Thursday, September 13, 2007
Okay, yesterday I was talking about the hopeful signs that the religious right was losing its political cohesion and clout. That was the good news. Naturally, next must come the bad ... this time courtesy of a new poll by the First Amendment Center national survey, "State of the First Amendment 2007," released today.
As Charles Haynes of the Center put it:
While the survey shows Americans highly value religious freedom, a significant number support privileging the religion of the majority, especially in public schools. Four decades after the Supreme Court declared state-sponsored religious practices unconstitutional in public schools, 58% of respondents support teacher-led prayers and 43% favor school holiday programs that are entirely Christian. Moreover, 50% would allow schools to teach the Bible as a factual text in a history class.Other results about religion include 65% of Americans believing that America's founders intended it to be a Christian nation and 55% under the delusion that the Constitution establishes a Christian nation.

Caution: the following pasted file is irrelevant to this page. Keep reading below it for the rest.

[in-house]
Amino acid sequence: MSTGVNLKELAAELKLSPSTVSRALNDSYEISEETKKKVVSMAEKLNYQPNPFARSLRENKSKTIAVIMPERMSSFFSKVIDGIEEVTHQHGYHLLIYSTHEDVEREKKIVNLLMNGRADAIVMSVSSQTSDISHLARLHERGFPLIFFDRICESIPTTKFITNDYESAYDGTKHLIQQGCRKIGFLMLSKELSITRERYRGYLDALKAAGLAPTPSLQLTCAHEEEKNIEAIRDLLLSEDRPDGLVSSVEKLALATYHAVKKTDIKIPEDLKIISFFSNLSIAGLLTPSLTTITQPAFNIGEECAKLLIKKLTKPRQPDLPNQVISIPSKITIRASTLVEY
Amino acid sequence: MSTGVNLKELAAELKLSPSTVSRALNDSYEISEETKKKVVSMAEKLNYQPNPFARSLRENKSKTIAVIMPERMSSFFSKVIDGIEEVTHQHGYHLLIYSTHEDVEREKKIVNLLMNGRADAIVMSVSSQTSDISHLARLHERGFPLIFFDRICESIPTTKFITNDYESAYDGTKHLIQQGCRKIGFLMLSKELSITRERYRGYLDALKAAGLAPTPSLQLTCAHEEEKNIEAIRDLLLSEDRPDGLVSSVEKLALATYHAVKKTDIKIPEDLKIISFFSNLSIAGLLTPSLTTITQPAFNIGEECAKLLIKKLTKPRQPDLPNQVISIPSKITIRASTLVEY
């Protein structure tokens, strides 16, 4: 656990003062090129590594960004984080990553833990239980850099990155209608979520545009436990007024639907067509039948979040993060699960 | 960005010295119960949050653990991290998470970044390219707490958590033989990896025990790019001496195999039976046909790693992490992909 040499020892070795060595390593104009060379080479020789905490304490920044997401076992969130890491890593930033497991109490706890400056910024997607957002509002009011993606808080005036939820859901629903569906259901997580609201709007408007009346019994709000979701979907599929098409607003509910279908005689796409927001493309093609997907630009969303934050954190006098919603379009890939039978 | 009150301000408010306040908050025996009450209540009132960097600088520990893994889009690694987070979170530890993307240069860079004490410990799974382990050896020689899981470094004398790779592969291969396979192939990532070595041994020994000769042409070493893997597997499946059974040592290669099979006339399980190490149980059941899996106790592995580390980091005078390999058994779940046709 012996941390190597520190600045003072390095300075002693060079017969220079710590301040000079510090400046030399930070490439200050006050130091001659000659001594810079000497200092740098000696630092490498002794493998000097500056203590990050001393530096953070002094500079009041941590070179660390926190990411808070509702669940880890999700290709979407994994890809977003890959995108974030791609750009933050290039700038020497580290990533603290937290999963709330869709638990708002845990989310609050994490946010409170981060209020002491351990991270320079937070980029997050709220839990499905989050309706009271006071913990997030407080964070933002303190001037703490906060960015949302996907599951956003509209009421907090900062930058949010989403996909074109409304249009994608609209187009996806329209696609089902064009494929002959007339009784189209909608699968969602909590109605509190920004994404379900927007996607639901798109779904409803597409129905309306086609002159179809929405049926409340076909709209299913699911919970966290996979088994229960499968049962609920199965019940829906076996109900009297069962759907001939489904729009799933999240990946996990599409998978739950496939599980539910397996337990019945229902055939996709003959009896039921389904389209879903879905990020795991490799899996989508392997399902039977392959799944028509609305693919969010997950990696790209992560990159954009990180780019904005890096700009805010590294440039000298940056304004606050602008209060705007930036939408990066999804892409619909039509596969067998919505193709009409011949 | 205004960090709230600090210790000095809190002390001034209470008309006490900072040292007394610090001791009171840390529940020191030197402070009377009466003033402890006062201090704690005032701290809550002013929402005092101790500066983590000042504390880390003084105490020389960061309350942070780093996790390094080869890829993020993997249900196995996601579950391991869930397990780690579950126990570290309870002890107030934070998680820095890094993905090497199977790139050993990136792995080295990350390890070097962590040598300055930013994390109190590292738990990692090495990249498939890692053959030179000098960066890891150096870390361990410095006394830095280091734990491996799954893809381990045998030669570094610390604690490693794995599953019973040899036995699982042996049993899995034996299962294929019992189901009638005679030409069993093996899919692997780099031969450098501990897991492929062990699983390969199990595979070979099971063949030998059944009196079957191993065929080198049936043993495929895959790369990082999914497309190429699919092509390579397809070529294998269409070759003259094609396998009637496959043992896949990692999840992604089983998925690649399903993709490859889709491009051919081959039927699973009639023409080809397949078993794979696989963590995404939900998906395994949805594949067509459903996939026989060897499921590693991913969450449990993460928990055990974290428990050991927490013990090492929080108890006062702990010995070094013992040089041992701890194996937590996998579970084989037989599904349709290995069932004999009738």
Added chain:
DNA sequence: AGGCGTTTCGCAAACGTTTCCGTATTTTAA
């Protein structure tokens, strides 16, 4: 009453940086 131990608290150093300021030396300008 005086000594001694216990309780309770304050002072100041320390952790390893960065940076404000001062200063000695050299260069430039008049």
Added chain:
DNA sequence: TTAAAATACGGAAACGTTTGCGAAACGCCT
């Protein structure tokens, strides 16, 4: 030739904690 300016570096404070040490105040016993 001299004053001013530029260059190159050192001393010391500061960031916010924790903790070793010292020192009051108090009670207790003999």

The strong support for official recognition of the majority faith appears to be grounded in a belief that the United States was founded as a Christian nation, in spite of the fact that the Constitution nowhere mentions God or Christianity. Of course, people define "Christian nation" in various ways — ranging from a nation that reflects Christian values to a nation where the government favors the Christian faith. But almost one-third of respondents appear to believe that the religious views of the majority should rule: 28% would deny freedom to worship to any group that the majority considers 'extreme or on the fringe.'
There are also results in other areas, such as freedom of the press, students' right to expression and even the lack of knowledge of Americans as to just what their First Amendment rights are, that are less than comforting.
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